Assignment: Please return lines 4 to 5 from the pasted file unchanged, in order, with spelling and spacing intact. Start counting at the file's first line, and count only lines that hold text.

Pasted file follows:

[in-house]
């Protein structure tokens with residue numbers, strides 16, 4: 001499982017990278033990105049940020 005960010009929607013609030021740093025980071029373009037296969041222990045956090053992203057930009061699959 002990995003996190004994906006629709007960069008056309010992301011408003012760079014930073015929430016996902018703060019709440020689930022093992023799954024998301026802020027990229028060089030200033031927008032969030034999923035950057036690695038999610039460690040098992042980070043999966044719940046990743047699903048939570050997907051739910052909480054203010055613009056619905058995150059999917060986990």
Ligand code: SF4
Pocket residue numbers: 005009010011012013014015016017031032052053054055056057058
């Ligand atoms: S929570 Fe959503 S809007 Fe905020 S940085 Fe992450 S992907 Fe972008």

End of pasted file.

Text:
Pocket residue numbers: 005009010011012013014015016017031032052053054055056057058
């Ligand atoms: S929570 Fe959503 S809007 Fe905020 S940085 Fe992450 S992907 Fe972008």